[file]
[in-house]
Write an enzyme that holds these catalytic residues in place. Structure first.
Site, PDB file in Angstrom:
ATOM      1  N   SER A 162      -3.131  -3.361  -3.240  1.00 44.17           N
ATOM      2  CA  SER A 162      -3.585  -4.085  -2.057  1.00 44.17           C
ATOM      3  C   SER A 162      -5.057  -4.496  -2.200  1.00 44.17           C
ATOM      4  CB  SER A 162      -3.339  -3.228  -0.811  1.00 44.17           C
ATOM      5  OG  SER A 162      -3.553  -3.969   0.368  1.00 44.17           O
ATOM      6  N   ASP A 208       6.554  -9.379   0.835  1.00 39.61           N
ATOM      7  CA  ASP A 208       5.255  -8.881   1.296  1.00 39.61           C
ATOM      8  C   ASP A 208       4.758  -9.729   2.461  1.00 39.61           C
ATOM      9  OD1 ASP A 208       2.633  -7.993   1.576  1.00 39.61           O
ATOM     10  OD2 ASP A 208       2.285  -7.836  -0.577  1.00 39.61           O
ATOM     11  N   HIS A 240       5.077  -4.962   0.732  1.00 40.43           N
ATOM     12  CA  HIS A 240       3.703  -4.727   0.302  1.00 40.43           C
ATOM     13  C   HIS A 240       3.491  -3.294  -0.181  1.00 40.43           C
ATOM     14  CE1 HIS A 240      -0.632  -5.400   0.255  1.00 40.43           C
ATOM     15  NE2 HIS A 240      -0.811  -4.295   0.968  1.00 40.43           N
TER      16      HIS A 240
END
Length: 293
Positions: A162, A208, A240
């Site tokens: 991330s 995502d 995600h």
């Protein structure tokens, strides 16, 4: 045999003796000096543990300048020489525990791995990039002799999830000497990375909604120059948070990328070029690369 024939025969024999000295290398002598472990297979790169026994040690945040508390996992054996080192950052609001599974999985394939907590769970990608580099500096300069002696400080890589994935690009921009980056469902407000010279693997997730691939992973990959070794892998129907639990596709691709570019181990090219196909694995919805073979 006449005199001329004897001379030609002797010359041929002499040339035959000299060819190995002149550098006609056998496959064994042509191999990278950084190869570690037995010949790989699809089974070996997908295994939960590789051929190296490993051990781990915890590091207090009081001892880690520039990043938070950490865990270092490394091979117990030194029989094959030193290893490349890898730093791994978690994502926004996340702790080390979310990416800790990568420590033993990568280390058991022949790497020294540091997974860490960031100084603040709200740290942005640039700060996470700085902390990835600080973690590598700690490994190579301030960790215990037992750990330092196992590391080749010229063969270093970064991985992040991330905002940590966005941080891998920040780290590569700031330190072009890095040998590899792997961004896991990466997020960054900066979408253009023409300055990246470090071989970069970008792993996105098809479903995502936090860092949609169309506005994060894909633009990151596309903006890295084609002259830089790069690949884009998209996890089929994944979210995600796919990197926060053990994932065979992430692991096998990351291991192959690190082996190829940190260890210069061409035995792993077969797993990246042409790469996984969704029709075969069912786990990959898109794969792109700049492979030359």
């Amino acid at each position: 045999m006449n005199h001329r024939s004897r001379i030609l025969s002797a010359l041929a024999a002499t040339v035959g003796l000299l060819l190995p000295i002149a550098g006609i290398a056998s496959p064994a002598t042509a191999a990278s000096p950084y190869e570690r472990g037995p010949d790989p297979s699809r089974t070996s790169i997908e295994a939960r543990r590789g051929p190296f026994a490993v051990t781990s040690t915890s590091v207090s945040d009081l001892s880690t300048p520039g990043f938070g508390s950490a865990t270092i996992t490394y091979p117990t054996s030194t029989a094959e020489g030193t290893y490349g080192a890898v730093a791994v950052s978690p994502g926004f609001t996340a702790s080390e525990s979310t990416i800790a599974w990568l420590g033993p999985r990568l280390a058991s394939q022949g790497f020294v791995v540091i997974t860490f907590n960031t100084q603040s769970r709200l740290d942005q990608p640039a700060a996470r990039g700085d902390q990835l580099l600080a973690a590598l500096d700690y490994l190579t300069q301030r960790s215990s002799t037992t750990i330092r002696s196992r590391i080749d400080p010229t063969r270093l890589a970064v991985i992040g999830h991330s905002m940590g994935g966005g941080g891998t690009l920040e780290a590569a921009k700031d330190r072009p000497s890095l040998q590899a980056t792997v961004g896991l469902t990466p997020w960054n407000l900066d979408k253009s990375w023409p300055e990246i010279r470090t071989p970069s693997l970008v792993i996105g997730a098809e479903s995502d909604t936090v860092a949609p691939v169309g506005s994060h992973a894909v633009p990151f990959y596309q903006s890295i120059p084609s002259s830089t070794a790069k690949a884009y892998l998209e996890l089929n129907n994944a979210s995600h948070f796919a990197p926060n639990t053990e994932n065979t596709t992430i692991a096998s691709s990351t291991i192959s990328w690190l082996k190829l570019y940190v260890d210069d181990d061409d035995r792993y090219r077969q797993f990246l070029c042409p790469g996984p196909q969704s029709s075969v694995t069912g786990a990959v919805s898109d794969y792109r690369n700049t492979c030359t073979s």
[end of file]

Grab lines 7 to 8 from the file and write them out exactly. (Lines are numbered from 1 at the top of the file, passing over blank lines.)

ATOM      4  CB  SER A 162      -3.339  -3.228  -0.811  1.00 44.17           C
ATOM      5  OG  SER A 162      -3.553  -3.969   0.368  1.00 44.17           O